16.01.2013 - UNESCO Office in New Delhi

Internal Migrants in India: The Millions Who Cannot Exercise their Rights

© UNESCO/M. Hainry

On the occasion of International Migrants Day, UNESCO and UNICEF unveiled their three most recent publications on internal migration in India to the Media on 18 December 2012. Gathering reputed demographers, development practitioners, gender and child experts, the event provided an opportunity to call attention and advance knowledge on the crucial issue of internal migration in India.

Internal migration in India accounts for a large population of 309 million, or nearly 30 percent of the total population as per Census of India 2001 . This figure is indeed staggering when compared with estimates of Indian emigrants, i.e. 11.4 million .  Internal migrants, of which 70.7 percent are women, are excluded from the economic, cultural, social and political lives of society and are often treated as second-class citizens.

The constraints faced by migrants are many - lack of formal residency rights; lack of identity proof; lack of political representation; low-paid, insecure or hazardous work; limited access to state-provided services such as health and education and discrimination based on ethnicity, religion, class or gender. Yet internal migration is given very low priority by the government in policy and practice, partly due to a serious knowledge gap on its extent, nature and magnitude. The difficulties faced by internal migrants are dismissed on the grounds that the Constitution of India does not restrict free mobility within the country. A growing misunderstanding of the migratory phenomenon is often at the root of misconceived policies or inaction regarding migration. 

Dr N.C. Saxena, Member, National Advisory Council and Commissioner to the Supreme Court on the Right To Food Campaign pointed out that “as compared to the rural poor for whom there exist a large number of programmes, for urban migrants, there are no policies”. In the absence of proofs of identity and residence, internal migrants are unable to claim social protection entitlements and remain excluded from government sponsored schemes and programmes. Professor Ram Bhagat, Head of the Department of Migration and Urban Studies, International Institute for Population Sciences argued that “one of the strong barriers to migration is ‘sons of the soil’ politics which we see in cities like Mumbai and Hyderabad”. Migrants are negatively portrayed as a “burden” to society, discouraged from settling down and excluded from urban planning initiatives.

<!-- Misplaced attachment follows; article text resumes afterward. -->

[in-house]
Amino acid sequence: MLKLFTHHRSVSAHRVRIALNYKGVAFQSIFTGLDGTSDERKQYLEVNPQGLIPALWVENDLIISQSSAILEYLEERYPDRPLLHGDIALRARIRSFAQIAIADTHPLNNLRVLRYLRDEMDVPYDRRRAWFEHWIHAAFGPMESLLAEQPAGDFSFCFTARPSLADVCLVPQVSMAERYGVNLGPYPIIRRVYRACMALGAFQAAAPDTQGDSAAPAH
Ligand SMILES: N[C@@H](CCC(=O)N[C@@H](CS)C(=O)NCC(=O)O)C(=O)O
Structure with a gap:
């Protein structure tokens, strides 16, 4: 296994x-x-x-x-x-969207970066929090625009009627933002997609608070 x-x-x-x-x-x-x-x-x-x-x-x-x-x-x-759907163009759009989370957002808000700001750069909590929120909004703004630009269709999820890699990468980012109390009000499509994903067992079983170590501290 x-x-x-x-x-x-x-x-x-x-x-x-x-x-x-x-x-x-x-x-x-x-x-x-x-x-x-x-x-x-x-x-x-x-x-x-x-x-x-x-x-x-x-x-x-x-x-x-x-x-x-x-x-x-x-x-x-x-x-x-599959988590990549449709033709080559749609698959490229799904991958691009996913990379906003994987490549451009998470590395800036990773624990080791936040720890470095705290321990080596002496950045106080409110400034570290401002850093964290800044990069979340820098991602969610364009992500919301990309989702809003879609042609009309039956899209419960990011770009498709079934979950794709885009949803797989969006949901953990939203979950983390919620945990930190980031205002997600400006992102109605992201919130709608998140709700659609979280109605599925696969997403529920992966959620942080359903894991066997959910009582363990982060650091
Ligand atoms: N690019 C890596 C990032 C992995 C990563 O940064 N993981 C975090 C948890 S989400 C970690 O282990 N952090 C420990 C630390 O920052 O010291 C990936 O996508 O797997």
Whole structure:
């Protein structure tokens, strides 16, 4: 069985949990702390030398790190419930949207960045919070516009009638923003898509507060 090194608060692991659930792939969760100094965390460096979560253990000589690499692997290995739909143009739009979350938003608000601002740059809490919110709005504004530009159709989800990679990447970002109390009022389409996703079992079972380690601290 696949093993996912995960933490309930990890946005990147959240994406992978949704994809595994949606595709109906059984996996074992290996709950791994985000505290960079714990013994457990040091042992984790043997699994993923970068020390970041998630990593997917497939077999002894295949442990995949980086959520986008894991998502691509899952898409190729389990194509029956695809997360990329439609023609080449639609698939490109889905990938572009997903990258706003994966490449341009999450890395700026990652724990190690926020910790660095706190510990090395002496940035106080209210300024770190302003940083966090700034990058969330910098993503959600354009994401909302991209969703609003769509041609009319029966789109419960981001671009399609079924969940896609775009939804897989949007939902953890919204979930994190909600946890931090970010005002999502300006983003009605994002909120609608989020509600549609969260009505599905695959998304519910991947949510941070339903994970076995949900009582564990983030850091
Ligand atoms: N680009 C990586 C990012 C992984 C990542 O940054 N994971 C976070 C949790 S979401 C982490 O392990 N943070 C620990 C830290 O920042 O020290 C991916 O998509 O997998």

Women and children are among the most invisible and vulnerable among internal migrants. “Data and data analysts assume that the bulk of womens migration is associational migration and this hides a large part of the story”, said Prof. Indu Agnihotri, Director, Centre for Women’s Development Studies, New Delhi. Migrant children face disruption of regular schooling, adversely affecting their human capital formation and contributing to the inter-generational transmission of poverty. Ms. Nina Nayak, Member, National Commission for Protection of Child Rights (NCPCR) highlighted the fact that children left behind by migrant parents remain extremely vulnerable to sex trafficking.

“Internal migrants positively contribute to society. There is an urgent need to build awareness on internal migration and adopt a human rights-based approach for migrant inclusion in society”, said Mr. Shigeru Aoyagi, Director and UNESCO Representative to Bhutan, India, Maldives and Sri Lanka. Noting that an increase in internal migration in the future is inevitable, Mr. Rakesh Ranjan, Director (Housing and Urban Affairs), Planning Commission said that “we would need to prepare our cities”, and that the Draft 12th Five Year Plan 2012-2017 document in particular recognizes, “Cities should be able to provide basic services to migrant workers, their families and other vulnerable sections of society including women and children.”

The UNESCO-UNICEF publications maintain that inclusion of internal migrants is necessary for a sustainable development based on cultural diversity, social cohesion and human rights. The publications resulted from the National Workshop on Internal Migration and Human Development in India and the Internal Migration in India Initiative (IMII) launched in 2011. The Internal Migration in India Initiative is now an informal network of 200 researchers, NGO’s, policy makers, UN agencies and key partners, such as the International Organization for Migration (IOM), UN Women and UN-HABITAT, determined to raise the profile of internal migration in India and to propose policy changes and creative practices for a better inclusion of internal migrants in the economic, social, political and cultural life of the country.

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ContactMs. Marina Faetanini, Programme Specialist, Social and Human Sciences, UNESCO New Delhi 




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